What really motivates people to not just meet, but to exceed expectations? For some, it is the promise of financial rewards, while others want recognition, a step up on the corporate ladder, or political clout.
For many non-profits, it can feel as if they are in a race without the proper equipment. Unlike their corporate cousins, who can use financial rewards and perks to a much greater extent (as well as titles and promotions as wild cards), most non-profits have to find new and creative ways to drive key individuals to push beyond their perceived limits.
Most people have heard the characterization of “A” players – high performers often in the top 10 percentile of their peers in any given function. Leaders of today’s non-profit organizations have to find a way to attract, retain, motivate, and drive – while at the same time not burn out – their most valuable asset: the talent in their respective organizations.
Most executive directors realize that a passion for the cause, whether it’s puppetry arts, disabled veterans, homeless animals or the elderly, is the nucleus of most people who work in the non-profit field. As a leader of these organizations, the key to motivating employees is to take this passion and get creative in a fashion that is fundamental to their individual DNA – to who they really are and what they value most.
Remember that not everyone needs or will aim to be an A-player – that is an ideal state. Start by identifying the fundamental, critical moving parts of the organization and make sure those are driven by self-motivating, self-correcting, passionate people who are both willing and able to effect change.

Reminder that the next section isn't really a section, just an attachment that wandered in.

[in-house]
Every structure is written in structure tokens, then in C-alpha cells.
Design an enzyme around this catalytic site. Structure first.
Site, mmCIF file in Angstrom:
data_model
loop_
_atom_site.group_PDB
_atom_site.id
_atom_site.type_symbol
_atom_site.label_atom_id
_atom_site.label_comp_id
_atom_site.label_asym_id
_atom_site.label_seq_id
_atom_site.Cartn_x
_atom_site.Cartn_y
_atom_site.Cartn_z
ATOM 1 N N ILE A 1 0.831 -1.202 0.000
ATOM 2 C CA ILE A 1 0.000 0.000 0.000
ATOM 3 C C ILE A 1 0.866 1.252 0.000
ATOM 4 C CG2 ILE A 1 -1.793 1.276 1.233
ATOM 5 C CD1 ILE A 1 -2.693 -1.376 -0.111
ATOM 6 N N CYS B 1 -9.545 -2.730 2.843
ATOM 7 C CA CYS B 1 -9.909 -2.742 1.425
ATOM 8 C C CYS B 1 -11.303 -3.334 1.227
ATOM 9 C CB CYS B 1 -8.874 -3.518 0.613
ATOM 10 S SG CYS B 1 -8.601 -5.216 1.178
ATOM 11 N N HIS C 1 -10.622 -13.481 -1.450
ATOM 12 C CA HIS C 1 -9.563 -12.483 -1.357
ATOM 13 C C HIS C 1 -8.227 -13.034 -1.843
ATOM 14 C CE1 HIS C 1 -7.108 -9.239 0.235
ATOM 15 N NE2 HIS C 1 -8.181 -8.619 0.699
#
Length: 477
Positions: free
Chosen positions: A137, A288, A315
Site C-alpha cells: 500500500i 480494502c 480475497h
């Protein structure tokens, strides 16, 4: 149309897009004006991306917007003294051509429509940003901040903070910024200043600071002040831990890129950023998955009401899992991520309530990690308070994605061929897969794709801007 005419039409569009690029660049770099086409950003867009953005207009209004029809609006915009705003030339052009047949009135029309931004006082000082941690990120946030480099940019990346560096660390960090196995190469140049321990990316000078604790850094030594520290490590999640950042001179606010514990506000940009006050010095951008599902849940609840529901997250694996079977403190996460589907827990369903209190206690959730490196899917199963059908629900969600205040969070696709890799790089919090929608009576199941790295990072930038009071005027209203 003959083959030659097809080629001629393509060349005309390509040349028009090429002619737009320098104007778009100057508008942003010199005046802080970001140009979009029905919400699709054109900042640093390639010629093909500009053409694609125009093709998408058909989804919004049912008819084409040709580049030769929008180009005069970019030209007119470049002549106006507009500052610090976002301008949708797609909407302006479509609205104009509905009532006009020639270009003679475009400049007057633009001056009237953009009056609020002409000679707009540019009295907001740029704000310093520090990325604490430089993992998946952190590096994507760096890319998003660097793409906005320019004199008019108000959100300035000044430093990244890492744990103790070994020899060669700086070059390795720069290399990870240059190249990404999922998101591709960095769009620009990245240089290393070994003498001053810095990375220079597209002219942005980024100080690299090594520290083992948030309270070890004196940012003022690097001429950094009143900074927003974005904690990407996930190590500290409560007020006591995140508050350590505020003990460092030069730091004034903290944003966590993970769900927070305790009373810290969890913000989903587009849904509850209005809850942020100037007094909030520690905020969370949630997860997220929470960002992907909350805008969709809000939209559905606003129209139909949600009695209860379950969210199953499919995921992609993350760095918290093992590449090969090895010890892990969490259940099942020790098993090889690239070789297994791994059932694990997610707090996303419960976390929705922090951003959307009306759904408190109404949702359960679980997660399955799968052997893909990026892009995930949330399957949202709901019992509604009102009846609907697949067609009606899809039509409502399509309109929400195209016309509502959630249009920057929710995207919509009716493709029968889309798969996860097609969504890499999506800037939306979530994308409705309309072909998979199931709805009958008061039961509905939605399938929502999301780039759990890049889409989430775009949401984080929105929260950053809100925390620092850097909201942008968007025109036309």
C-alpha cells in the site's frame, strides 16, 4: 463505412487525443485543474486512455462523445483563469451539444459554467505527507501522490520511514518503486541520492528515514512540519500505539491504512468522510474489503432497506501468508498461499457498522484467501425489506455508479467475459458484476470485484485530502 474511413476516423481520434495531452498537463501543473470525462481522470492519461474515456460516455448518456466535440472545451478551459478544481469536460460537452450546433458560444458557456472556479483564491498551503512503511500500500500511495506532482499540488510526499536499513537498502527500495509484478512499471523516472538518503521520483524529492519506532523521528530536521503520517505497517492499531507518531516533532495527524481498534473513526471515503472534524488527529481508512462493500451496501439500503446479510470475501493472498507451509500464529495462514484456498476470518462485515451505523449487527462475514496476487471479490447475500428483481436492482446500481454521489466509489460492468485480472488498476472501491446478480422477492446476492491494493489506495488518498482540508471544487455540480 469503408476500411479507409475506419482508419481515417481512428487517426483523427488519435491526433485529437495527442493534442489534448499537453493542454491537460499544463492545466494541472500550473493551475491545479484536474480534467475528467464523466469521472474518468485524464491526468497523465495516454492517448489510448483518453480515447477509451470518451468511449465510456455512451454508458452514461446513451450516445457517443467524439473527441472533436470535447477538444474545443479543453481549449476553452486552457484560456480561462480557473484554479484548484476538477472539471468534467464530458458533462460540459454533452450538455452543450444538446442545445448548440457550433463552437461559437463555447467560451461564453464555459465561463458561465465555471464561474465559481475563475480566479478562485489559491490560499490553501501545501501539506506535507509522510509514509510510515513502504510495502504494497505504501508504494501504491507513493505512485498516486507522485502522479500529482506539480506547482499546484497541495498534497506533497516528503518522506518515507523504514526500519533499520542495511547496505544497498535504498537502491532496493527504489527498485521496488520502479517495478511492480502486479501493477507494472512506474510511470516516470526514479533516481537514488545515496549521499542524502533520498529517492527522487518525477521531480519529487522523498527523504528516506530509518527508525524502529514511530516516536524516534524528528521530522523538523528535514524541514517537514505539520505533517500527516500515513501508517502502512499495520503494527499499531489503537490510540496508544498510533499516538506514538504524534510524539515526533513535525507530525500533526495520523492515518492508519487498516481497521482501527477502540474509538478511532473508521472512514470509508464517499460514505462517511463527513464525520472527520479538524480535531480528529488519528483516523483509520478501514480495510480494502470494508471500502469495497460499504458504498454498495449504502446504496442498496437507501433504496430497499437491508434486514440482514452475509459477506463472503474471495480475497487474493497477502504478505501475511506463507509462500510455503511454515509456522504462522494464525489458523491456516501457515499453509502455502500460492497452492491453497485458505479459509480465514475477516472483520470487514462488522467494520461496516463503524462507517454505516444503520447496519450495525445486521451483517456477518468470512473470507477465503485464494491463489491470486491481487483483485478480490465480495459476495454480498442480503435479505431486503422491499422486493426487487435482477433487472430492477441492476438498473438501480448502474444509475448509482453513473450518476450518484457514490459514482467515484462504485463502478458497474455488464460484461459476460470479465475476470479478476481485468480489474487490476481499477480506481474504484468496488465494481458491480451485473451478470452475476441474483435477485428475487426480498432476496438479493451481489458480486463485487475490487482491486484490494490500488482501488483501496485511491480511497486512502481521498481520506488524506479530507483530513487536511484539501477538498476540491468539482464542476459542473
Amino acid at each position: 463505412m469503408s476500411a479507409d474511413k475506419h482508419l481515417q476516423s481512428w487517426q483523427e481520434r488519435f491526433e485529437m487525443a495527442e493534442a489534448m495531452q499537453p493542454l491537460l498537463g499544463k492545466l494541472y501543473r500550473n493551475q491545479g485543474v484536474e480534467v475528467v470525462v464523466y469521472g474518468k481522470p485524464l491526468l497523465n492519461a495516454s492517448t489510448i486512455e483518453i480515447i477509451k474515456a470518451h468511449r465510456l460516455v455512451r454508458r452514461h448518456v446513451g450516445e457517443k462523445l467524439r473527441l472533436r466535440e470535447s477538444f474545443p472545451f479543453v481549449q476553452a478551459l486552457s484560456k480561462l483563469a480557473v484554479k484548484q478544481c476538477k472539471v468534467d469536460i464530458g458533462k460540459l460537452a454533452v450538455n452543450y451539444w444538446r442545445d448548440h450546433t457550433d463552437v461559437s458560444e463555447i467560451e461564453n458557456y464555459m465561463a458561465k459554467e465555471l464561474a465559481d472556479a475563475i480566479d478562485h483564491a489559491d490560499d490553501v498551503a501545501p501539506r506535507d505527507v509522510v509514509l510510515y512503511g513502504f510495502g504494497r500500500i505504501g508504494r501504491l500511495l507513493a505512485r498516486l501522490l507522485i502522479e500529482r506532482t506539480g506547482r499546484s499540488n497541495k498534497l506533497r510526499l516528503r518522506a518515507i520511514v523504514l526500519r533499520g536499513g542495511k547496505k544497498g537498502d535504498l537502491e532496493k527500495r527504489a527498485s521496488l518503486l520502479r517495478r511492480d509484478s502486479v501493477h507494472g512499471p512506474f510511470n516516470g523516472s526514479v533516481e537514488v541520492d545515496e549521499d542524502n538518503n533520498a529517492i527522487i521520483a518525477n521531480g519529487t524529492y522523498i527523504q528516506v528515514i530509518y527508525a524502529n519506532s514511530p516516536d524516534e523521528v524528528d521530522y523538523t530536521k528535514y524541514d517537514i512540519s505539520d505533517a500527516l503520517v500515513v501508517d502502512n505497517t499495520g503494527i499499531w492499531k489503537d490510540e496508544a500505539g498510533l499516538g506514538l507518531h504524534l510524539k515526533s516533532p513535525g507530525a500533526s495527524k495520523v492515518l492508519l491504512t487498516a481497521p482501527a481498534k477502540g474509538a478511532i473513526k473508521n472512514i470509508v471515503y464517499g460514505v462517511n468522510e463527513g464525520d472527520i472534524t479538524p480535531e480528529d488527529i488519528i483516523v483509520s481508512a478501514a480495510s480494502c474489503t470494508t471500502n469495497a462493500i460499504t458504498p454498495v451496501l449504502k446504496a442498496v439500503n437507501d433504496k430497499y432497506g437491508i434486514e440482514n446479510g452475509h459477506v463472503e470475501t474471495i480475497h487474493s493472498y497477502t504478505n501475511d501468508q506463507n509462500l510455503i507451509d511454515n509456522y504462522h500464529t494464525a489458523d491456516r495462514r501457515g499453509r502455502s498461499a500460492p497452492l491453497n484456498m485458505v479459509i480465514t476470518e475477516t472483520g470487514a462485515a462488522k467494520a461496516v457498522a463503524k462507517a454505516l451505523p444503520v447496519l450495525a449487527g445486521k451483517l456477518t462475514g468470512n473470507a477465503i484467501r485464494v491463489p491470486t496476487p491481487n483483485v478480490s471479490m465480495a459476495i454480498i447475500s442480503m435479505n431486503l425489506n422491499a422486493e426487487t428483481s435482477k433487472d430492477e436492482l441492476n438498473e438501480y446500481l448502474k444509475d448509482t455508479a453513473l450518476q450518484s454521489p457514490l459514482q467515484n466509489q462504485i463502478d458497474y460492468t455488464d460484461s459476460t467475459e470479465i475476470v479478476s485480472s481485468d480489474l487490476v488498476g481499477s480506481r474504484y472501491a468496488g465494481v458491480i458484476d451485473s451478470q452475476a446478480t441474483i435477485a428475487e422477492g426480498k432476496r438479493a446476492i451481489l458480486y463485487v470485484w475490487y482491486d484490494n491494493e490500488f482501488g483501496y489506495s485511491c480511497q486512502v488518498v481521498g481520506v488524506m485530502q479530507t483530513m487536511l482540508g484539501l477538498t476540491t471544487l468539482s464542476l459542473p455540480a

The goal is to adapt the organization to not only meet its requirements as they stand today, but as governmental funding, compassion fatigue, and the global war for talent continues to battle non-profits, to find a way to keep A-players in the critical roles. Once the right people are in the key roles, each must be profiled so that there is a succinct understanding of what their fundamental motivators are.
Examples of Fundamental Motivators
Interest in Others – Some people are driven by a genuine interest in others. Some call this “chemistry,” or a feeling of “they get me” when talking with these types of people. They have an innate ability to engage and interact with others and make them feel an enormous amount of joy when being around them. These people, projecting the right level of polish and professionalism as an extension of the organization, should be charged with engaging as many different types of stakeholders as possible. Leverage their smiles to engage current and possible donors at open house events. Encourage them to interview incoming candidates. Make them ambassadors of the chairman’s ball, advocates of a new initiative, and tour guides of the new building. In short, embrace, encourage, and enable their desire to engage others.